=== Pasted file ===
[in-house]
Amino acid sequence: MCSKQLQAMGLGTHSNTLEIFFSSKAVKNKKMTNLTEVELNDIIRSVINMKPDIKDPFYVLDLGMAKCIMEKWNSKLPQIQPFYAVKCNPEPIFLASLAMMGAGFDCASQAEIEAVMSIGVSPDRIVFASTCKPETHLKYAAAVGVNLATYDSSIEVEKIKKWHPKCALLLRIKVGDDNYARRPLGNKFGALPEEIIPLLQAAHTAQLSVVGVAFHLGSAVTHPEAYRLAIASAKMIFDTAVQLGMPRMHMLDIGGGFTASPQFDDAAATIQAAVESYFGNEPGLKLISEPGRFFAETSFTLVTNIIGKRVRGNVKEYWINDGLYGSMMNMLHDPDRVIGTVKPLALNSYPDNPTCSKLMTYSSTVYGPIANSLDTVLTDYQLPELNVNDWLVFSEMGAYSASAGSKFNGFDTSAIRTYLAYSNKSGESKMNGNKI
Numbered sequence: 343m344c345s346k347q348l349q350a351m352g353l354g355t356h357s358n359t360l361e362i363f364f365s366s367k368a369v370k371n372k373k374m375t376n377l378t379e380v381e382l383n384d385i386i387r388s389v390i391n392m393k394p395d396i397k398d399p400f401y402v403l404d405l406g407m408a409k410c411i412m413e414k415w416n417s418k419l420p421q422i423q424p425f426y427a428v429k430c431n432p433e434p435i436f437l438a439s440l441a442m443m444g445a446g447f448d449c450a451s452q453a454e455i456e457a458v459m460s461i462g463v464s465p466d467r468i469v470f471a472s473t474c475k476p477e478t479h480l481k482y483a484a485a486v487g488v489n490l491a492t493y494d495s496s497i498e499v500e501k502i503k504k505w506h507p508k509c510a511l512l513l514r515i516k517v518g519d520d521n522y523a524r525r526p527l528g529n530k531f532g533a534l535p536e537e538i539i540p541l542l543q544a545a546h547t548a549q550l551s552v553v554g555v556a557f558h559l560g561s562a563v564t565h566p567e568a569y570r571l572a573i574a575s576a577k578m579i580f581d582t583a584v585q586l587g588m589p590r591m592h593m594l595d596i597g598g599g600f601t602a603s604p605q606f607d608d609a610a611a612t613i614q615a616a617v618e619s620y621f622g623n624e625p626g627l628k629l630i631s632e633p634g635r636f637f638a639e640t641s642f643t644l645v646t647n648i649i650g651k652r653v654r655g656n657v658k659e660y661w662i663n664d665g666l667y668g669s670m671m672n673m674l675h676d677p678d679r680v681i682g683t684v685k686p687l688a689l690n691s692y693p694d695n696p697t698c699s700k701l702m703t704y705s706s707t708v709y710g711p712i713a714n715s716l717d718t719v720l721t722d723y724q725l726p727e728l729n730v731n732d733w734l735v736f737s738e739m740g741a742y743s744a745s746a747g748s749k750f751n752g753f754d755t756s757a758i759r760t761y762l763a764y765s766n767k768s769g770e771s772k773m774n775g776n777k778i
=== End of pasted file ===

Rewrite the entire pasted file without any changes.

[in-house]
Amino acid sequence: MCSKQLQAMGLGTHSNTLEIFFSSKAVKNKKMTNLTEVELNDIIRSVINMKPDIKDPFYVLDLGMAKCIMEKWNSKLPQIQPFYAVKCNPEPIFLASLAMMGAGFDCASQAEIEAVMSIGVSPDRIVFASTCKPETHLKYAAAVGVNLATYDSSIEVEKIKKWHPKCALLLRIKVGDDNYARRPLGNKFGALPEEIIPLLQAAHTAQLSVVGVAFHLGSAVTHPEAYRLAIASAKMIFDTAVQLGMPRMHMLDIGGGFTASPQFDDAAATIQAAVESYFGNEPGLKLISEPGRFFAETSFTLVTNIIGKRVRGNVKEYWINDGLYGSMMNMLHDPDRVIGTVKPLALNSYPDNPTCSKLMTYSSTVYGPIANSLDTVLTDYQLPELNVNDWLVFSEMGAYSASAGSKFNGFDTSAIRTYLAYSNKSGESKMNGNKI
Numbered sequence: 343m344c345s346k347q348l349q350a351m352g353l354g355t356h357s358n359t360l361e362i363f364f365s366s367k368a369v370k371n372k373k374m375t376n377l378t379e380v381e382l383n384d385i386i387r388s389v390i391n392m393k394p395d396i397k398d399p400f401y402v403l404d405l406g407m408a409k410c411i412m413e414k415w416n417s418k419l420p421q422i423q424p425f426y427a428v429k430c431n432p433e434p435i436f437l438a439s440l441a442m443m444g445a446g447f448d449c450a451s452q453a454e455i456e457a458v459m460s461i462g463v464s465p466d467r468i469v470f471a472s473t474c475k476p477e478t479h480l481k482y483a484a485a486v487g488v489n490l491a492t493y494d495s496s497i498e499v500e501k502i503k504k505w506h507p508k509c510a511l512l513l514r515i516k517v518g519d520d521n522y523a524r525r526p527l528g529n530k531f532g533a534l535p536e537e538i539i540p541l542l543q544a545a546h547t548a549q550l551s552v553v554g555v556a557f558h559l560g561s562a563v564t565h566p567e568a569y570r571l572a573i574a575s576a577k578m579i580f581d582t583a584v585q586l587g588m589p590r591m592h593m594l595d596i597g598g599g600f601t602a603s604p605q606f607d608d609a610a611a612t613i614q615a616a617v618e619s620y621f622g623n624e625p626g627l628k629l630i631s632e633p634g635r636f637f638a639e640t641s642f643t644l645v646t647n648i649i650g651k652r653v654r655g656n657v658k659e660y661w662i663n664d665g666l667y668g669s670m671m672n673m674l675h676d677p678d679r680v681i682g683t684v685k686p687l688a689l690n691s692y693p694d695n696p697t698c699s700k701l702m703t704y705s706s707t708v709y710g711p712i713a714n715s716l717d718t719v720l721t722d723y724q725l726p727e728l729n730v731n732d733w734l735v736f737s738e739m740g741a742y743s744a745s746a747g748s749k750f751n752g753f754d755t756s757a758i759r760t761y762l763a764y765s766n767k768s769g770e771s772k773m774n775g776n777k778i